“They both give us a chance to win every night,” Panthers d-man Brian Campbell told the Miami Herald recently. “Both make huge saves for us at times. You need consistent saves every night and they both bring it. Montoya gets put into a tough spot a lot of times and nothing seems to change.”

Beyond Montoya, other NHL backups with particularly good numbers include the Flyers’ Michal Neuvirth (.933), the Kings’ Jhonas Enroth (.931), the Blues’ Brian Elliott (.930), the Islanders’ Thomas Greiss (.929), and the Wild’s Darcy Kuemper (.928).

Petr Mrazek will start for the Red Wings. He used to be Detroit’s backup, but he’s since surpassed Jimmy Howard for the starting job.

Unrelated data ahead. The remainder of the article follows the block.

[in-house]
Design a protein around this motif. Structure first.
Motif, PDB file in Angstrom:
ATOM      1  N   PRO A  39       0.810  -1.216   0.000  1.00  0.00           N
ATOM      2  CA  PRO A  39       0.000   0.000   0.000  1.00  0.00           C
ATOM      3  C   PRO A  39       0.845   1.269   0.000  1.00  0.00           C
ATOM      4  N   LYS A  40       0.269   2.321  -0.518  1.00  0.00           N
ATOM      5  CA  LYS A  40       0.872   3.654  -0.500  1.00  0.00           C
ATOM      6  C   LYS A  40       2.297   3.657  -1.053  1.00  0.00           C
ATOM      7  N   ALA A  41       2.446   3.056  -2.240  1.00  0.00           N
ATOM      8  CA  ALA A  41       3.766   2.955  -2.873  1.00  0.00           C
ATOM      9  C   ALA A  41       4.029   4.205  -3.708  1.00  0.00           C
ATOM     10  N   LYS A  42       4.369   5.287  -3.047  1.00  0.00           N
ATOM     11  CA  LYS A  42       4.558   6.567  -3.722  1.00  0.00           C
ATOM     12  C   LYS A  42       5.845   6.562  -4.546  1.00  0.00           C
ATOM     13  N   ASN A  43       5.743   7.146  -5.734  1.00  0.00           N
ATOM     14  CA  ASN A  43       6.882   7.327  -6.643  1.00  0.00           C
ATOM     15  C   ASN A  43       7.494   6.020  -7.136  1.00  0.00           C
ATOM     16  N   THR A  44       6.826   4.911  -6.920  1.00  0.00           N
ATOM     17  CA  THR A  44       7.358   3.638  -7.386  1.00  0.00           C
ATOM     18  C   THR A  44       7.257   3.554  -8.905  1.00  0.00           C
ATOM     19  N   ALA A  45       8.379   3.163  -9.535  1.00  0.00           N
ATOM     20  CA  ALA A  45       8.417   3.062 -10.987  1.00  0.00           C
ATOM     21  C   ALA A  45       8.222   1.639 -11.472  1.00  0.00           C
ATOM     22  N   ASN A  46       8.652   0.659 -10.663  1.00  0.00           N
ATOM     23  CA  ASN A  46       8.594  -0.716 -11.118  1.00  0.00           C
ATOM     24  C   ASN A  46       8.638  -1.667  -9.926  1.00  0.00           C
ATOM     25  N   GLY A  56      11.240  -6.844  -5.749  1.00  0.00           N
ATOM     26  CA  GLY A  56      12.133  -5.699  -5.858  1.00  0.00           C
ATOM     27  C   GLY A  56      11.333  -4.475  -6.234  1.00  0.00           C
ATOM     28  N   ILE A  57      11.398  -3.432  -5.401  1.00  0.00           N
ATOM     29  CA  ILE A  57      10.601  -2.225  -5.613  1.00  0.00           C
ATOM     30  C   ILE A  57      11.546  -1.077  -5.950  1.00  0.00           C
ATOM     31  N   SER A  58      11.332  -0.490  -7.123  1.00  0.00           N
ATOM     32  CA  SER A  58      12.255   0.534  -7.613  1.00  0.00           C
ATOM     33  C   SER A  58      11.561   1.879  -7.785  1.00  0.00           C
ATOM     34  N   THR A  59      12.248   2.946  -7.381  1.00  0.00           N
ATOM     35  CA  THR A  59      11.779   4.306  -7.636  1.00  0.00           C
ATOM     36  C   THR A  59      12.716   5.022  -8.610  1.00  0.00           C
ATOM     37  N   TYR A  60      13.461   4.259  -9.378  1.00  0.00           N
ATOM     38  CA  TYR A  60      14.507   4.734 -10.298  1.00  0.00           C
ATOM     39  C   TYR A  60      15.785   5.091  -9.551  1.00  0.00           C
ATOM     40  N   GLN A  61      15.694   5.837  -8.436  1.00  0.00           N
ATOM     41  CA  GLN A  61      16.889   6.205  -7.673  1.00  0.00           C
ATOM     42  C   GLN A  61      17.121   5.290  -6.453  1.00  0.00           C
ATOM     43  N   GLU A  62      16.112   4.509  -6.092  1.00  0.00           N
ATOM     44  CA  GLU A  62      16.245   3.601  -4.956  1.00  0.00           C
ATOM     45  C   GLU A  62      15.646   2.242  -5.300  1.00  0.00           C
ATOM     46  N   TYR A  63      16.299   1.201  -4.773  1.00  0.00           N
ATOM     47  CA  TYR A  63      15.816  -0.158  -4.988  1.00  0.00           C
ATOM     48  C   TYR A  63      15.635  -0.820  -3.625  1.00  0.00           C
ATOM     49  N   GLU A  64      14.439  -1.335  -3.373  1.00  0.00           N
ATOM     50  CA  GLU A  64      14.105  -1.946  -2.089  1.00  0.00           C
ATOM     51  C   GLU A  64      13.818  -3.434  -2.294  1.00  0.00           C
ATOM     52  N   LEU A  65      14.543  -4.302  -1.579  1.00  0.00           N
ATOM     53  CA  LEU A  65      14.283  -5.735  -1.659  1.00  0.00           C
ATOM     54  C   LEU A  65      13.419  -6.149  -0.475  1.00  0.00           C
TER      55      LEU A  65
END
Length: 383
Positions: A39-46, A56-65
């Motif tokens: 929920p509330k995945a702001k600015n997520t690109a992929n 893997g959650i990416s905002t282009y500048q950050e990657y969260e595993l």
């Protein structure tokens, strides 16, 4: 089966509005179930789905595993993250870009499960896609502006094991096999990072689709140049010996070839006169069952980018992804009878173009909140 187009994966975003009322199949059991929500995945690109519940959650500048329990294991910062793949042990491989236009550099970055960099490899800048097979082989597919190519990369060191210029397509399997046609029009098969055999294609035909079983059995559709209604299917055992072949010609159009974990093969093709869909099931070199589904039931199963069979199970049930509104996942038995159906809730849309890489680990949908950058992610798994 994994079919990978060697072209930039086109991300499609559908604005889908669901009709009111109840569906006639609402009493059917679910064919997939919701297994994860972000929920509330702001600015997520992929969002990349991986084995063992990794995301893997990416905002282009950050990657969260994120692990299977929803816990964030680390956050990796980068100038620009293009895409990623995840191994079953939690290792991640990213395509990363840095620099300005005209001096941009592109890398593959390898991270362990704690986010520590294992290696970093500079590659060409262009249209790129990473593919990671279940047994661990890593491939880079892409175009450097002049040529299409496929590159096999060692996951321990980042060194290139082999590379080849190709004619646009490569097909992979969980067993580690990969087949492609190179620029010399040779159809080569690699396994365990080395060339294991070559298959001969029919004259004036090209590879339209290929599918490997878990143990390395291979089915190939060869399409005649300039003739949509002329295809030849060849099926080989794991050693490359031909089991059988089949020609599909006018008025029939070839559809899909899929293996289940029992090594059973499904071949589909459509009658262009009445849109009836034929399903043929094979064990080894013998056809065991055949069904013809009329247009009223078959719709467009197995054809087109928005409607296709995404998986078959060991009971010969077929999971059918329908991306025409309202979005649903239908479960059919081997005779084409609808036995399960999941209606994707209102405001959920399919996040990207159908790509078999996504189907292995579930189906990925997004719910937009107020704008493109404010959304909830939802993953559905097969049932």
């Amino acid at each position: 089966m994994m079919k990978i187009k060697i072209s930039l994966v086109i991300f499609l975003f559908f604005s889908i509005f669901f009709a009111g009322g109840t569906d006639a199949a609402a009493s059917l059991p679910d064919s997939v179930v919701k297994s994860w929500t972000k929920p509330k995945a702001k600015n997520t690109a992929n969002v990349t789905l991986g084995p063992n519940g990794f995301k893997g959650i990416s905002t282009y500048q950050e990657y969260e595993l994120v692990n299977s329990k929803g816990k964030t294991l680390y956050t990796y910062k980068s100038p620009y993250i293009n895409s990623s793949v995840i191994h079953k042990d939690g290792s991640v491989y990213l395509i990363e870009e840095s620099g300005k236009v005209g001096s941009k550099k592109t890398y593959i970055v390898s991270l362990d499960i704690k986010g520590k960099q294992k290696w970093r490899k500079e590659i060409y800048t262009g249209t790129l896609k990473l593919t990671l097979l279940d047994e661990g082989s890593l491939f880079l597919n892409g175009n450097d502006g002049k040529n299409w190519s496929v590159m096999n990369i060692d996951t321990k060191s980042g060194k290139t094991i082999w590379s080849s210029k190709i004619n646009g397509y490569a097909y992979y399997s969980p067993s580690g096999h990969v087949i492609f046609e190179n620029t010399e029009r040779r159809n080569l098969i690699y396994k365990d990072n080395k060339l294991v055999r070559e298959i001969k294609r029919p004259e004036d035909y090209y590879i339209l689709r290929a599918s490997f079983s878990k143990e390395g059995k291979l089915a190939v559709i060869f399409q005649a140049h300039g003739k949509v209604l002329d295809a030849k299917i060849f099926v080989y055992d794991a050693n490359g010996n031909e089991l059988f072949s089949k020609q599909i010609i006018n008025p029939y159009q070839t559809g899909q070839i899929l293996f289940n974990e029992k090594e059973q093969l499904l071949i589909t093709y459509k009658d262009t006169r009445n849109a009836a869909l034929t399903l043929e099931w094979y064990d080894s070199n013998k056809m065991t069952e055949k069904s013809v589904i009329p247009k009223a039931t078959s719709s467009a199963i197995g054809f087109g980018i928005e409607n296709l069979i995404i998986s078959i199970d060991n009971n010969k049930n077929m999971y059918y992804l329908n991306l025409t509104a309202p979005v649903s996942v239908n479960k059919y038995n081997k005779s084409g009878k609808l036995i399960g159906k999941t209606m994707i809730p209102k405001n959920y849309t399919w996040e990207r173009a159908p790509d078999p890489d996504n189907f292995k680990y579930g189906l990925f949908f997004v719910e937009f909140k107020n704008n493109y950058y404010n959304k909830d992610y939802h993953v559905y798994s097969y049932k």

Elsewhere…

Cory Schneider for the Devils at MSG, versus Henrik Lundqvist for the Rangers.

John Gibson for the Ducks in Pittsburgh, versus Marc-Andre Fleury for the Penguins.

— Andrei Vasilevskiy for the Lightning in Ottawa, versus Craig Anderson for the Sens.

Blues put Pietrangelo on IR with knee injury

Pietrangelo-Coyle
3 Comments

Not good news for the St. Louis Blues — the club announced this morning that defenseman Alex Pietrangelo has been placed on injured reserve with a right-knee injury. He’ll be re-evaluated in three weeks.

Pietrangelo suffered the injury Saturday in a knee-on-knee collision with Minnesota’s Charlie Coyle.

Based on the timeline provided, the Blues will be without their leader in average ice time (26:40) until at least the end of the month. St. Louis plays 10 times between now and Feb. 29, which also happens to be the trade deadline.